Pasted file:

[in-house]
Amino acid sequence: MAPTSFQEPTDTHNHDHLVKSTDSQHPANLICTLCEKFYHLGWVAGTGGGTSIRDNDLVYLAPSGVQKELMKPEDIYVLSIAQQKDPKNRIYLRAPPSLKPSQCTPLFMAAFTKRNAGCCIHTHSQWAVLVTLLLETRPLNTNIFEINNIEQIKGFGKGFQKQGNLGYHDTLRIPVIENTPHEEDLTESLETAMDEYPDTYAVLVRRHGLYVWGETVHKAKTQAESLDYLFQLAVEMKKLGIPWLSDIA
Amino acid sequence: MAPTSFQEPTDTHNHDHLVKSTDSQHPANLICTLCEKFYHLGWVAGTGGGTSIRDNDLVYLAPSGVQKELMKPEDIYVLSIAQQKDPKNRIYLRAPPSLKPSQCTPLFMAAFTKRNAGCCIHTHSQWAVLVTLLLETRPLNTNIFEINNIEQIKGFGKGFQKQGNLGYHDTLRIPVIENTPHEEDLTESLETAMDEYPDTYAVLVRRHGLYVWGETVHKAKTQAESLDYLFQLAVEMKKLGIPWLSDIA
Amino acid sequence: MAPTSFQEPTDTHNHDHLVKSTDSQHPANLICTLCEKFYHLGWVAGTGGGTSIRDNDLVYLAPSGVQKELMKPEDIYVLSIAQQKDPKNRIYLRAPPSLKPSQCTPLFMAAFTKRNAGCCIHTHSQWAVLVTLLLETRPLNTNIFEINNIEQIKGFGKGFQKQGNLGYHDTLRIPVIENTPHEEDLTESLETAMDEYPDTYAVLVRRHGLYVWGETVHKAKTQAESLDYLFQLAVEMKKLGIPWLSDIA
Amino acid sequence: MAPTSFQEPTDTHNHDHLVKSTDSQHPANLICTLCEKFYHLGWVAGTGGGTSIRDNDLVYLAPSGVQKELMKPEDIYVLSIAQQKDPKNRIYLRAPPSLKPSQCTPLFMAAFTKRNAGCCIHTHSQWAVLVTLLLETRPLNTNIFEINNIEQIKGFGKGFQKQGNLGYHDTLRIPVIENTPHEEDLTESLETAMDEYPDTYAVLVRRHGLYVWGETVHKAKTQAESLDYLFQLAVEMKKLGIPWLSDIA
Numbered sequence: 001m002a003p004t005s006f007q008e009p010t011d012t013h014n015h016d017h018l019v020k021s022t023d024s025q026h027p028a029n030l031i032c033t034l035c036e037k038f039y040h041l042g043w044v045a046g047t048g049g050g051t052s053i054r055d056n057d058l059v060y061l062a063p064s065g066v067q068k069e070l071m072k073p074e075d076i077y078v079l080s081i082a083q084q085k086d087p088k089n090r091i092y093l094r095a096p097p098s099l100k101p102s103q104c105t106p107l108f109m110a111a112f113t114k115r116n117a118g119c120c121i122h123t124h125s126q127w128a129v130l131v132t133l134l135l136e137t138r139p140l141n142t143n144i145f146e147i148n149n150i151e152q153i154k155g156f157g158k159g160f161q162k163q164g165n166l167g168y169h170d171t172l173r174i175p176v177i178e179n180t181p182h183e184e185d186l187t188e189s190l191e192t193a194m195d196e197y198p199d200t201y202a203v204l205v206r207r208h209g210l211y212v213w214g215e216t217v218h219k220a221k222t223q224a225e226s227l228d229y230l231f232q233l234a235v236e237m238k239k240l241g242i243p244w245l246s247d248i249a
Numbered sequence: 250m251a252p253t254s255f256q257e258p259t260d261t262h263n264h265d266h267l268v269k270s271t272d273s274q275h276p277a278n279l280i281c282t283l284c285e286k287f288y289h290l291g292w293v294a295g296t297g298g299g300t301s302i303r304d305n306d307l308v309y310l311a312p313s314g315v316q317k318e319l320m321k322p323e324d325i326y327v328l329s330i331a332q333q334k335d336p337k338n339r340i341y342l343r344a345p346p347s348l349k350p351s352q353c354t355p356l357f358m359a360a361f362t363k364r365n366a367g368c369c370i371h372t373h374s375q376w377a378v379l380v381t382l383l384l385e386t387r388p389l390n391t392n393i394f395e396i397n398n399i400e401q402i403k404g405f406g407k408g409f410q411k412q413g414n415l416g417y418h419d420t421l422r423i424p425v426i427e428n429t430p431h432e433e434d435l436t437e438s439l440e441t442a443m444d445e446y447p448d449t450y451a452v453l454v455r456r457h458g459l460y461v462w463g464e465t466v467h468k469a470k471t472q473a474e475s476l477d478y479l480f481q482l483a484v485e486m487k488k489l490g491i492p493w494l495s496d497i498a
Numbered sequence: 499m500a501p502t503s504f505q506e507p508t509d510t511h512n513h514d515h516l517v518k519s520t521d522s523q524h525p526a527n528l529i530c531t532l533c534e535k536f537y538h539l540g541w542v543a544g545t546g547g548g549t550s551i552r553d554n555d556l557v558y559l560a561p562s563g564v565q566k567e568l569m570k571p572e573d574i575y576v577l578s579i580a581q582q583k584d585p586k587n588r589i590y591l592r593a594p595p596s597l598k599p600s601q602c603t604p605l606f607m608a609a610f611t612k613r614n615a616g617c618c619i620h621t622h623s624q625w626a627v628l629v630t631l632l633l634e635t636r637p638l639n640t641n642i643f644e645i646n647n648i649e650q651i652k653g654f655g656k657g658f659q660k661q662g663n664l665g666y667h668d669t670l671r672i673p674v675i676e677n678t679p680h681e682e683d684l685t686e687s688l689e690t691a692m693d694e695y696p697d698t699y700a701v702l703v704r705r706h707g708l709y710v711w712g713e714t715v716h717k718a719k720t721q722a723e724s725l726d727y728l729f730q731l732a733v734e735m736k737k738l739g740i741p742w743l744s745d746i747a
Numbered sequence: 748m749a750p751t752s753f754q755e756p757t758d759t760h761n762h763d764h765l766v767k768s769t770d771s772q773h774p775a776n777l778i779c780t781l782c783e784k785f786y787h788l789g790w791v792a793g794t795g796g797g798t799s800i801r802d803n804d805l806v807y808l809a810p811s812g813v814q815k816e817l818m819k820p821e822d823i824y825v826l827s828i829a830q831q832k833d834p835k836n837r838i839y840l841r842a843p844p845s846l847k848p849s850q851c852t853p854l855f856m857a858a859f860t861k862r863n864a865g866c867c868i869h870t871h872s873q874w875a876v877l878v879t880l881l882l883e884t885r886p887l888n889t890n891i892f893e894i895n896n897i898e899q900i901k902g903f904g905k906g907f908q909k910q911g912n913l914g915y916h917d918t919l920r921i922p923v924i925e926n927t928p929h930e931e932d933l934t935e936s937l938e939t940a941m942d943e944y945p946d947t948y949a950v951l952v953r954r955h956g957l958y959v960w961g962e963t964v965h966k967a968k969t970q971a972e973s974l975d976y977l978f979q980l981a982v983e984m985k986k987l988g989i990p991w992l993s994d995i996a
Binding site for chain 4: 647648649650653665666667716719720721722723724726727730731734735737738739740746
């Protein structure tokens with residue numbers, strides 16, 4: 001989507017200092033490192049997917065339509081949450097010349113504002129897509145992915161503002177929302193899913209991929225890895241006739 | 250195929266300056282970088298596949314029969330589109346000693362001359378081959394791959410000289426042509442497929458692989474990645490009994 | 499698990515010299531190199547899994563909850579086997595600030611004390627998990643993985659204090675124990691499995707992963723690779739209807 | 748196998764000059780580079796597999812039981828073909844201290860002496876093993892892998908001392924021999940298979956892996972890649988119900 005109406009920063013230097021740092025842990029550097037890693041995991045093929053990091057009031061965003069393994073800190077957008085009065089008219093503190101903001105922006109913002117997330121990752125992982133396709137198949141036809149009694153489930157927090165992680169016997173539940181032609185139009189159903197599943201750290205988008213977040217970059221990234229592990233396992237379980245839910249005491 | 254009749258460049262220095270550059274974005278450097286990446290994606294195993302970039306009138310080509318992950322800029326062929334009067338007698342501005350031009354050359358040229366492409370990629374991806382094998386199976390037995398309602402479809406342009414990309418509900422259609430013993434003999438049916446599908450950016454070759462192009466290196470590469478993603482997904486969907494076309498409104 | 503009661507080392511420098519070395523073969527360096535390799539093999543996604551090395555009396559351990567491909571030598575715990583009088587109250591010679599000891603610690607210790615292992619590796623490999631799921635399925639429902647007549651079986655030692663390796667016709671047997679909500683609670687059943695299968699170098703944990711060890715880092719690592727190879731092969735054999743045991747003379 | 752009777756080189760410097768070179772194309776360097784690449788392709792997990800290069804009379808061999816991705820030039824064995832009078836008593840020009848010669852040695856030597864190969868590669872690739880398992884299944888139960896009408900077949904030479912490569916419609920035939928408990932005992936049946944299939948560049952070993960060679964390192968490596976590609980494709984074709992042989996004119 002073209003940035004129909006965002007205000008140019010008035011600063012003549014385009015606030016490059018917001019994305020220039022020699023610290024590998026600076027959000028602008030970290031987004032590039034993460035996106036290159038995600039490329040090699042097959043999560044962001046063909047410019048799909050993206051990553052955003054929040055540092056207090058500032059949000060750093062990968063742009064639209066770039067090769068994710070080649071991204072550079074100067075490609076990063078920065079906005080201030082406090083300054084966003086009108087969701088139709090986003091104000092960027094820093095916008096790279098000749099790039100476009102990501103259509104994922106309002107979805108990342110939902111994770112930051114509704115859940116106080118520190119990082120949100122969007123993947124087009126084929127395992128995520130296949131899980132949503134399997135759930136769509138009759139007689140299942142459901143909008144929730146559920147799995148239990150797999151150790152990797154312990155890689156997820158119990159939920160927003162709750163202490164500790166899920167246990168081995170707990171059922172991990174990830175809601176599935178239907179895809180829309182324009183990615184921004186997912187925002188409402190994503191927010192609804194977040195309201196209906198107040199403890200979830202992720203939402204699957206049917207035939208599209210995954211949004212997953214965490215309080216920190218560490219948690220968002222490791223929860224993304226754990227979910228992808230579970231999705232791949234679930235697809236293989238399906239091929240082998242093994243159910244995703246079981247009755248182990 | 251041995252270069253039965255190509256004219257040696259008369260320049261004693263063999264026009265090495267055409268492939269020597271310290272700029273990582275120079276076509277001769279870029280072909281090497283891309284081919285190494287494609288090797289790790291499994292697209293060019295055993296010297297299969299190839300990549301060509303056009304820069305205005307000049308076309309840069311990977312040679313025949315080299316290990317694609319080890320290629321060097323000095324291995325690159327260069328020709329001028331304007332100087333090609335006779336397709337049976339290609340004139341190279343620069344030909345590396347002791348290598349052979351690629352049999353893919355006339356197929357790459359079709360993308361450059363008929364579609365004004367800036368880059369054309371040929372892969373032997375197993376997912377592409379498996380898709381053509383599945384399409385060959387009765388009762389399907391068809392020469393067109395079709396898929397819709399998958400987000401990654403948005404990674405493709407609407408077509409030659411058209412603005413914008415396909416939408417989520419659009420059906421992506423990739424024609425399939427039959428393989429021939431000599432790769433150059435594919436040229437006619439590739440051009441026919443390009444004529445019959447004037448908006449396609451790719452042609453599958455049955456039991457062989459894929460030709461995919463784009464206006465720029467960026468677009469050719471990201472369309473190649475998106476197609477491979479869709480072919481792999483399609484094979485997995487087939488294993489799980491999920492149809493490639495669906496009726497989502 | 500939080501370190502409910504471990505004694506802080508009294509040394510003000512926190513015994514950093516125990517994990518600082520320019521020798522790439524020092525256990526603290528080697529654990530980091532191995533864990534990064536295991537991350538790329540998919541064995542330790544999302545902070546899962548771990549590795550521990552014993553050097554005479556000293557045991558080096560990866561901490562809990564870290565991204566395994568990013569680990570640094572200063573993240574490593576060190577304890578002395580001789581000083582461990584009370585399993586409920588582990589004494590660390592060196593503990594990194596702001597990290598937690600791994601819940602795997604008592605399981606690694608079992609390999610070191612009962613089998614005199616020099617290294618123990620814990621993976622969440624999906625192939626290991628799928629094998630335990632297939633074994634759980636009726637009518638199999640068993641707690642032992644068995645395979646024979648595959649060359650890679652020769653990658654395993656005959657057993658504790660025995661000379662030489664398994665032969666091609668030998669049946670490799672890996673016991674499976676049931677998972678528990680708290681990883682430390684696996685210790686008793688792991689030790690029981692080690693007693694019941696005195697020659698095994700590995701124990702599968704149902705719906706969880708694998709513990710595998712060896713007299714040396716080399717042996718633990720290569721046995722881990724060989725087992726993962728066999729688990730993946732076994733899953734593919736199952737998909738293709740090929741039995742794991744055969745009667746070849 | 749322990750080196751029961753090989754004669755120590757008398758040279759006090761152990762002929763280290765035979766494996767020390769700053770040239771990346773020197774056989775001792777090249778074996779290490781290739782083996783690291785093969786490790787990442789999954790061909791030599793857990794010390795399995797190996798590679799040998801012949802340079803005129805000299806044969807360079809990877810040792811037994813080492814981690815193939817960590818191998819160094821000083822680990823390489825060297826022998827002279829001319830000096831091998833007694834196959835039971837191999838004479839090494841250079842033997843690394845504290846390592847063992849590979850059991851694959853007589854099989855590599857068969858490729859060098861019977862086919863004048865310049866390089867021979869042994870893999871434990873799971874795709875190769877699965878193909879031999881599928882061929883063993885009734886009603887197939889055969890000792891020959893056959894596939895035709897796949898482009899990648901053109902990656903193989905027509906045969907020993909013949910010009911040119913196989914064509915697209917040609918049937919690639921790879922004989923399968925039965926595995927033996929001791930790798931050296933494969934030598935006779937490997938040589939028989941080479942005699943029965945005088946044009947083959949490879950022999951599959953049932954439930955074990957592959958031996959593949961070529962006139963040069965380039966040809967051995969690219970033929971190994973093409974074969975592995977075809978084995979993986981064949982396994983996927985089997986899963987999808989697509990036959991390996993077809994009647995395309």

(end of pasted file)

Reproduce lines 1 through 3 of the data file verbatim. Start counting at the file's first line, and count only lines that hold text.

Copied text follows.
[in-house]
Amino acid sequence: MAPTSFQEPTDTHNHDHLVKSTDSQHPANLICTLCEKFYHLGWVAGTGGGTSIRDNDLVYLAPSGVQKELMKPEDIYVLSIAQQKDPKNRIYLRAPPSLKPSQCTPLFMAAFTKRNAGCCIHTHSQWAVLVTLLLETRPLNTNIFEINNIEQIKGFGKGFQKQGNLGYHDTLRIPVIENTPHEEDLTESLETAMDEYPDTYAVLVRRHGLYVWGETVHKAKTQAESLDYLFQLAVEMKKLGIPWLSDIA
Amino acid sequence: MAPTSFQEPTDTHNHDHLVKSTDSQHPANLICTLCEKFYHLGWVAGTGGGTSIRDNDLVYLAPSGVQKELMKPEDIYVLSIAQQKDPKNRIYLRAPPSLKPSQCTPLFMAAFTKRNAGCCIHTHSQWAVLVTLLLETRPLNTNIFEINNIEQIKGFGKGFQKQGNLGYHDTLRIPVIENTPHEEDLTESLETAMDEYPDTYAVLVRRHGLYVWGETVHKAKTQAESLDYLFQLAVEMKKLGIPWLSDIA